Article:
When we ask of the Lord cooly, and not fervently, we do as it were, stop His hand, and restrain Him from giving us the very blessing we “pretend” that we are seeking.
Sometimes when we pour out our desires to God, He appears to be indifferent. When the apostle Paul earnestly petitioned God for the removal of his thorn in the flesh, the request was not granted. However, in not giving this desire of Paul’s heart, God gave him his deeper desire. Certainly Paul’s greatest desire was to know God’s grace and power in order to be the most useful servant he could possibly be. God withheld the request in order to give Paul his deepest desire and thus glorify Himself (2 Corinthians 12:7-10).
If our prayers are not answered – always answered, but not necessarily granted – the fault must be entirely in ourselves, and not in God. God delights to answer prayer; and He has given us His word that He will answer.
If we ask and God does not give, then the fault is with us. Every unanswered prayer is a clarion call to search the heart to see what is wrong there; for the promise is unmistakable in its clearness: “If ye shall ask anything in My name, that will I do” (John 14:14). Truly he who prays puts, not God, but his own spiritual life to the test!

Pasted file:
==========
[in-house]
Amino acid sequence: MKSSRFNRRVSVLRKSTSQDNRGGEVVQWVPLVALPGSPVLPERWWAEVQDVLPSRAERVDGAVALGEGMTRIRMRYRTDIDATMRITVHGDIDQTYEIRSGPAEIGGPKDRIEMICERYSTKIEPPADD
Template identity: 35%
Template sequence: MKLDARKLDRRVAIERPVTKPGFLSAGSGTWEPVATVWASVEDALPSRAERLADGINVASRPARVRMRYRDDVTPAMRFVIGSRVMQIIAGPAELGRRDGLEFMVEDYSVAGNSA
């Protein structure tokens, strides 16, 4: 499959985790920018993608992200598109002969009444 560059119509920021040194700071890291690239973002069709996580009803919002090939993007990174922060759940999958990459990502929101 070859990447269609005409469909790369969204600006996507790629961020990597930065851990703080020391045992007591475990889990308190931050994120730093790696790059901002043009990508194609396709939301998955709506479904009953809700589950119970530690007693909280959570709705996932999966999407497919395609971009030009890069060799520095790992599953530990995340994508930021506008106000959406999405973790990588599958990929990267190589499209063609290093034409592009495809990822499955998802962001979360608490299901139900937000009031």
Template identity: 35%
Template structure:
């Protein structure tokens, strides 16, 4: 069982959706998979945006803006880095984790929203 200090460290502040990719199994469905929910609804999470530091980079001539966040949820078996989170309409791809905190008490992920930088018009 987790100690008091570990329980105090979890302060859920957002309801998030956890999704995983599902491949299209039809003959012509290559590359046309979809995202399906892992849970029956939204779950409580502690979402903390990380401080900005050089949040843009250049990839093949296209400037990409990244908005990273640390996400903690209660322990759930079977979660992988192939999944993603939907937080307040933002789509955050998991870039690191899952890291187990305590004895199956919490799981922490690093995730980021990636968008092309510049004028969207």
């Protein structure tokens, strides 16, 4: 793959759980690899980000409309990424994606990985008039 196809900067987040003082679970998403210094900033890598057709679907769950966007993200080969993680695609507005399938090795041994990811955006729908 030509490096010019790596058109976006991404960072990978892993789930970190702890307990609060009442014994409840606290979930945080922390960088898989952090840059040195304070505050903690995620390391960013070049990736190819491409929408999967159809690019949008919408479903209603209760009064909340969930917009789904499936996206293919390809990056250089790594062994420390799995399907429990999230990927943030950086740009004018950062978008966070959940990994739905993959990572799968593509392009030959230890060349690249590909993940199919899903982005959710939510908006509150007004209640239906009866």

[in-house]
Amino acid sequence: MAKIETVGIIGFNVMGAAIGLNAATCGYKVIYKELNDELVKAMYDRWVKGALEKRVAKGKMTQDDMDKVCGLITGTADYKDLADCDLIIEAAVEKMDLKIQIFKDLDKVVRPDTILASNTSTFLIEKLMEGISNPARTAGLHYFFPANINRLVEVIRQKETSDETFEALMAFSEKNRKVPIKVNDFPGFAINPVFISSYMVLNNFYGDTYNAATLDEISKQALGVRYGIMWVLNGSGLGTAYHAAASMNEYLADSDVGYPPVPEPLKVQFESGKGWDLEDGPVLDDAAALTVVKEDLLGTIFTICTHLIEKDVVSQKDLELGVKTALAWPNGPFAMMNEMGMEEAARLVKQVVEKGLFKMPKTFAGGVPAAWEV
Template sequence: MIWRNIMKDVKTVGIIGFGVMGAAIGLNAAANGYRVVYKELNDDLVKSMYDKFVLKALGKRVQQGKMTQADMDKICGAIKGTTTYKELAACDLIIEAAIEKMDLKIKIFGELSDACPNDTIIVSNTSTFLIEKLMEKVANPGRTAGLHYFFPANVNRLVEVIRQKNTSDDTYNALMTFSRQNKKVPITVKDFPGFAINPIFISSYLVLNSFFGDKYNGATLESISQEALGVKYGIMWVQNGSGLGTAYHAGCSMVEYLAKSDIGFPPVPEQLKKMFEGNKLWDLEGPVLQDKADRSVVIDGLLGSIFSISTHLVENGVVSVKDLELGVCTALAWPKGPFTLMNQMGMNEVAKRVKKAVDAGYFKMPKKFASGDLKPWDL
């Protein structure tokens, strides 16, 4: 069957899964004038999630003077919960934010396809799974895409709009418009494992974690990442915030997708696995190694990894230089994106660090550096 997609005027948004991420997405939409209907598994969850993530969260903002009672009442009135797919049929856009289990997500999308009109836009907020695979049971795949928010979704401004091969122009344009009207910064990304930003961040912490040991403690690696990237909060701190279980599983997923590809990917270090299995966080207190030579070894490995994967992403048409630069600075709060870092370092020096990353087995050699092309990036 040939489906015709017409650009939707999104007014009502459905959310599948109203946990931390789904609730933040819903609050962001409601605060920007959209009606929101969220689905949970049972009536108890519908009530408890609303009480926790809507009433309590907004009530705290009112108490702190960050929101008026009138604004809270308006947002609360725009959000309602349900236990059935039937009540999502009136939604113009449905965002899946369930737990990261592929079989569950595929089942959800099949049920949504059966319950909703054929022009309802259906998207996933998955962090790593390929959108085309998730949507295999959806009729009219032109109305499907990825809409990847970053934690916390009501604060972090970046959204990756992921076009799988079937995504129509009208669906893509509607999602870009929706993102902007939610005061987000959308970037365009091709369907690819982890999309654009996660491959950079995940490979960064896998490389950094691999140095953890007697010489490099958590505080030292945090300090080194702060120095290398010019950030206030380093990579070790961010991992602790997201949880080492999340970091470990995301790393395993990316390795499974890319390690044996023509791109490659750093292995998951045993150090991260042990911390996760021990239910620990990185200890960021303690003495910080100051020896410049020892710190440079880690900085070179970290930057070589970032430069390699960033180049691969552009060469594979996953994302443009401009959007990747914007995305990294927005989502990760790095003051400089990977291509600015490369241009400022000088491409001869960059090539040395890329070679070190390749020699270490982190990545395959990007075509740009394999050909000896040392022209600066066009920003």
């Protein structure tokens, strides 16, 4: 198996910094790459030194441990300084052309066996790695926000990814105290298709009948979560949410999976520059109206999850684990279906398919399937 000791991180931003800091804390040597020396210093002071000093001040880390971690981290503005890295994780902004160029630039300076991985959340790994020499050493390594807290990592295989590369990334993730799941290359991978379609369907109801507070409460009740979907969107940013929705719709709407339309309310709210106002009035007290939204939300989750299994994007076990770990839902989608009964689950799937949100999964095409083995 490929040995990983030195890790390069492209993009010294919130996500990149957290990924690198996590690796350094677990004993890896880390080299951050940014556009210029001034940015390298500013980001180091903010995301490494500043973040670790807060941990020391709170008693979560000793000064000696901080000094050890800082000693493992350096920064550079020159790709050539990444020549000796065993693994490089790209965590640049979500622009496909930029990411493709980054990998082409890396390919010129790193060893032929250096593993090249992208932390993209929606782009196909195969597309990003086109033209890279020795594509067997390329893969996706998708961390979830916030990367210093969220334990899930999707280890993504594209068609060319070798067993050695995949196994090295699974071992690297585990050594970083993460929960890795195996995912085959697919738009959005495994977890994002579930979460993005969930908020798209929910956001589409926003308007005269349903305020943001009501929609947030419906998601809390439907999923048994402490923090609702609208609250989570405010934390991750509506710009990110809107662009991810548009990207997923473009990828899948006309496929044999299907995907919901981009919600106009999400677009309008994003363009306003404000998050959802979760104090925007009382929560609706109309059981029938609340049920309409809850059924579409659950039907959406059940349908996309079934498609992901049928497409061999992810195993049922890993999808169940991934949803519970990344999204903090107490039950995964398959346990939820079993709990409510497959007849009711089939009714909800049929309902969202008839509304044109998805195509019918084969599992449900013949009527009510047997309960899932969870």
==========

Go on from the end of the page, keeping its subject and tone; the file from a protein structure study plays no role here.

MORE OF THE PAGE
When we confess that we “never get answers to our prayers,” we are condemning not God, or His promises, or the power of prayer, but ourselves. There is no greater test of spirituality than prayer.
Most Christians do not give God a chance to show His delight in granting His children’s petitions; for their requests are so vague and indefinite. If this is so, it is not surprising that prayer is so often a mere form – man almost mechanical repetition, day by day, of certain phrases; a few minutes’ “exercise” morning and evening.
God cannot always grant our petitions immediately. Sometimes we are not fitted to receive the gift. Sometimes He says "No" in order to give us something far better.